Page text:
Need help editing articles? Start out with the new Introduction to Editing Articles Video.
|Address:||412 E. 6th Street|
Bloomington, IN 47405
|Current Owner(s):||Matt O'Neill|
|Hours:||8AM - Midnight Daily; kitchen closes at 9p|
The Runcible Spoon is an eclectic coffee house on 6th Street near Indiana University. Serving gourmet coffee and full meal service, the "Spoon" has been a longtime favorite of University students and local residents. They are known throughout the area for having a bathroom with goldfish swimming in the bathtub (also in a koi pond out in back). The name, Runcible Spoon, comes from Edward Lear's The Owl and the Pussycat, a poem about love, adventure, nature, and whimsy: "They dined on mince, and slices of quince, Which they ate with a runcible spoon." Elements from the story and its main characters are evident throughout the restaurant's decor.
The Spoon is a popular meeting place for social groups, especially language tables:
- The Bloomington French Table meets every Tuesday, 8-10pm
- A Polish language table meets Thursdays, 6-7pm
The Runcible Spoon was opened in 1976 by an IU Ph.D student, Jeff Danielson. It occupied part of the first floor of its current location. The business opened roasting coffee in five pound batches, making its own blends, and serving various coffees, other beverages and eventually a variety of pastries and bagels made from scratch on the premises. In the fall of 1979 the Spoon added a restaurant with menu designed by executive chef Ed Rockstein who had also suggested the name for the coffeehouse before it opened.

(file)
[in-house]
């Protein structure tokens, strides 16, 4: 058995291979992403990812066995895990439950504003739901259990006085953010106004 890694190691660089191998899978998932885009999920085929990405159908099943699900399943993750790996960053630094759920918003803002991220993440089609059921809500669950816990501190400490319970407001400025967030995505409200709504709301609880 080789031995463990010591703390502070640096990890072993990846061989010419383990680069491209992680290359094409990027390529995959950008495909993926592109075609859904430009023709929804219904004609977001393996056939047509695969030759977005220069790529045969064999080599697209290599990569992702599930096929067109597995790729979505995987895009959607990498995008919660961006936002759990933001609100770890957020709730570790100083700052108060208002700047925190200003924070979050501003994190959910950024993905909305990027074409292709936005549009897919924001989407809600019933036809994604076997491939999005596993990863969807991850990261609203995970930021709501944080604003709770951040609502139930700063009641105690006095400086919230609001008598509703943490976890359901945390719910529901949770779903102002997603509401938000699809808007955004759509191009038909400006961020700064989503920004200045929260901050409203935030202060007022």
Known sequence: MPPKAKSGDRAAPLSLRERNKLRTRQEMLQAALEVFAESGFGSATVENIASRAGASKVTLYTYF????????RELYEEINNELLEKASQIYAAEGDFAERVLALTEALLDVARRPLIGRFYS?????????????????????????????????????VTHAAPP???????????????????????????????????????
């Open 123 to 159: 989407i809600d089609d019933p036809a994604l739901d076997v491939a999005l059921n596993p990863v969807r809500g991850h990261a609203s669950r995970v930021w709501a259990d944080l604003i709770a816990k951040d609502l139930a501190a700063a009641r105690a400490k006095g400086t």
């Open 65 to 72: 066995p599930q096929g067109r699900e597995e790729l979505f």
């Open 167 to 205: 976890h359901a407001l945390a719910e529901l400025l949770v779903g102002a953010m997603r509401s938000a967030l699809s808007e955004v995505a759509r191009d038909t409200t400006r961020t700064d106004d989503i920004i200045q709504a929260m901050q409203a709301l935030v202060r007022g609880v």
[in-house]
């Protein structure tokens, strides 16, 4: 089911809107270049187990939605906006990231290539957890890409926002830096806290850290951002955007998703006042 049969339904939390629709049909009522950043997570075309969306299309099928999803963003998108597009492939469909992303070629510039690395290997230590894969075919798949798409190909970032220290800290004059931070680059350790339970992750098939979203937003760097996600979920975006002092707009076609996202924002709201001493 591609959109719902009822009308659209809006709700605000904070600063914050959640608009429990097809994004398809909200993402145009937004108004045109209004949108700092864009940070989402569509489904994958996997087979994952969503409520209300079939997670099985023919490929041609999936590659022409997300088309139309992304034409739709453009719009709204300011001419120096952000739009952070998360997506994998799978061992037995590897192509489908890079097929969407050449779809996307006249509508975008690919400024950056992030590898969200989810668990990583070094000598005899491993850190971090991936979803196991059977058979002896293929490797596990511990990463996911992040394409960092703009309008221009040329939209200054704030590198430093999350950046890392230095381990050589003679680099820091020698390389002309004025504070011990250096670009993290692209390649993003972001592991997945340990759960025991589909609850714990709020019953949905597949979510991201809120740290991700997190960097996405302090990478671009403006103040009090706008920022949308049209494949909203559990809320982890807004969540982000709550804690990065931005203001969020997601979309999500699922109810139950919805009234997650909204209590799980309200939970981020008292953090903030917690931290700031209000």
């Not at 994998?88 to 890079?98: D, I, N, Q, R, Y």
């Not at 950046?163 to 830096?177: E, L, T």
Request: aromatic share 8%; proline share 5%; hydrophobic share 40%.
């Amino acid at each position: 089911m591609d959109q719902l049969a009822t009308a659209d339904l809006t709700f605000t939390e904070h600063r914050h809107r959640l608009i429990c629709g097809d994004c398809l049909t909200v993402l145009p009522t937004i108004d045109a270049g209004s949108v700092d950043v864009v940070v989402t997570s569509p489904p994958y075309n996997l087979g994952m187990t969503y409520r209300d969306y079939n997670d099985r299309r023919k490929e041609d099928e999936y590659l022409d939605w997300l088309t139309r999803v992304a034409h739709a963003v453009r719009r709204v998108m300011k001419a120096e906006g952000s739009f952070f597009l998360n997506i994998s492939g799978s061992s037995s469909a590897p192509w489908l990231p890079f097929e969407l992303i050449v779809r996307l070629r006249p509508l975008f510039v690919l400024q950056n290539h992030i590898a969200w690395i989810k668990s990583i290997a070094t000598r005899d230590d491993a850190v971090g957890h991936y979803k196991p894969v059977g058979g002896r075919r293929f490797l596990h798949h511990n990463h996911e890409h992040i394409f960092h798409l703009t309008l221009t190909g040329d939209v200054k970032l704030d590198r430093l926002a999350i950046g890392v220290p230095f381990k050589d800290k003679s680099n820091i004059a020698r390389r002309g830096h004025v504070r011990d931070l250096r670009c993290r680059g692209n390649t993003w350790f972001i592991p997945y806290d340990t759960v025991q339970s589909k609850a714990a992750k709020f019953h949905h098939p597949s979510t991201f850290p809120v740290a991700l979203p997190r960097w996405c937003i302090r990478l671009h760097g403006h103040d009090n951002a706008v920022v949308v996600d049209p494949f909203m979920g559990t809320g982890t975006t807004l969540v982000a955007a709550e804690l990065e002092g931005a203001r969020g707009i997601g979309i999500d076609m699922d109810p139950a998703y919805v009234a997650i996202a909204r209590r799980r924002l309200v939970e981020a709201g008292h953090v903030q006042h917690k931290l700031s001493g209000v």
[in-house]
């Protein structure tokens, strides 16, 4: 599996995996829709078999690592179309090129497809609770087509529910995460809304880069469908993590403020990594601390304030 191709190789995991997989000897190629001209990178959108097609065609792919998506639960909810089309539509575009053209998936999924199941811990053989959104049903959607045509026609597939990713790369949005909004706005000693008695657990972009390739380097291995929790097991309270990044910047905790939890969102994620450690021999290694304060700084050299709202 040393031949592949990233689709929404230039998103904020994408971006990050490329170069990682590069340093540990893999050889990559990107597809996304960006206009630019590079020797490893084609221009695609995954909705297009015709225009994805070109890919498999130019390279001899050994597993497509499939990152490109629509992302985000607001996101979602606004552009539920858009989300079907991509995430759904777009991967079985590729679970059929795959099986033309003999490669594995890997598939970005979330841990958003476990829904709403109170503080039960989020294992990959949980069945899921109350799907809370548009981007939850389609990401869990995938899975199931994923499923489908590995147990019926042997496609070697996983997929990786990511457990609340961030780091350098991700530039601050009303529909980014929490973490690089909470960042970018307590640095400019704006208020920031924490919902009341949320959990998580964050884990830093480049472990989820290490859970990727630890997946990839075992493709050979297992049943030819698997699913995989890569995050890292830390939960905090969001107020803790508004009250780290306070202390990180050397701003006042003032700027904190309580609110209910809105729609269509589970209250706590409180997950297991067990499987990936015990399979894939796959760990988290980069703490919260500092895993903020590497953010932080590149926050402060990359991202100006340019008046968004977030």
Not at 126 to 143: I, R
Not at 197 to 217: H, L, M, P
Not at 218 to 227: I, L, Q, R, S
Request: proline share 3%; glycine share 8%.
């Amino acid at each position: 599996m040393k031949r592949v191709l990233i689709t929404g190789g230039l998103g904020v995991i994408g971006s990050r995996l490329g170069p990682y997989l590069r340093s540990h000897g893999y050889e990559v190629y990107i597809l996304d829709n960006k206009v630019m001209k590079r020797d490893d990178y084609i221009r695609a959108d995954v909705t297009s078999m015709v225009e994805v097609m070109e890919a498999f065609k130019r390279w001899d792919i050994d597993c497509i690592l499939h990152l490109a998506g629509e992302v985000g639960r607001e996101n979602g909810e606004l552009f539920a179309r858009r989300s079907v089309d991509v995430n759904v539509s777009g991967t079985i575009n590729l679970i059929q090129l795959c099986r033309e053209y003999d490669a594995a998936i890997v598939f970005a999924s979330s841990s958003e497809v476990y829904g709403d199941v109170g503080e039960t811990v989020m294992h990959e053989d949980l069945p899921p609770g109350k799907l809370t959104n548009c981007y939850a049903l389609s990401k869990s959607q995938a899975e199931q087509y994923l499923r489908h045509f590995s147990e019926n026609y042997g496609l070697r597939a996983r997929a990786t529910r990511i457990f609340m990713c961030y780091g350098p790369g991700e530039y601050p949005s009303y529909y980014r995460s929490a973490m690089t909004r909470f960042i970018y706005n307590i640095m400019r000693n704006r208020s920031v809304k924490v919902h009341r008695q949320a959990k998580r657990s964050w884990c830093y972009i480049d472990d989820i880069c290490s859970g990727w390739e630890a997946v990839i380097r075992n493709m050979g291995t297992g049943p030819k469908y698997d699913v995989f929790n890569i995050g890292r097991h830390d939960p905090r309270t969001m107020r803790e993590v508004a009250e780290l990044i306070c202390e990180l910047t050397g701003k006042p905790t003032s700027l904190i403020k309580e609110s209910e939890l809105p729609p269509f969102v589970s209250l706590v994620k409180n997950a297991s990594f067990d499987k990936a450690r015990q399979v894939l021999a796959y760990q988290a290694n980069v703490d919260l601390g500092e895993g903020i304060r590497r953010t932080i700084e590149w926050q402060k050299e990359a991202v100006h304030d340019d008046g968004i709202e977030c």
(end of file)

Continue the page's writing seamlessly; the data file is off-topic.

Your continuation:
Danielson redesigned the bathroom, which included a bathtub full of tropical fish, which was so unique that it was included in the Travel Channel's Top Ten Bathrooms. The basement restaurant featured a 300 gallon fish tank when it opened. The Runcible Spoon displayed works of art on the walls done by art students from the university and the local community serving as an art gallery as well.
In 2001, Matt O'Neill purchased the Runcible Spoon from Danielson. O'Neill had been a frequent customer who lived an hour away in Greencastle, where he operated the Walden Inn, a bed and breakfast inn and restaurant which featured a menu of seasonal specials crafted from local produce. The Walden was also reknowned among audiences and performers both as a showcase for folk and Irish music concerts.
O'Neill has extended the menu of the Runcible Spoon, added a fine beer and wine list, and has gone on to open the Bloomington Cooking School and two other restaurants. Continuing the tradition of the Runcible Spoon as an active center of the arts community, the Spoon hosts two weekly sessions of traditional Irish music (evenings, Tuesdays & Fridays), art exhibitions and poetry readings.
As seen from across 6th Street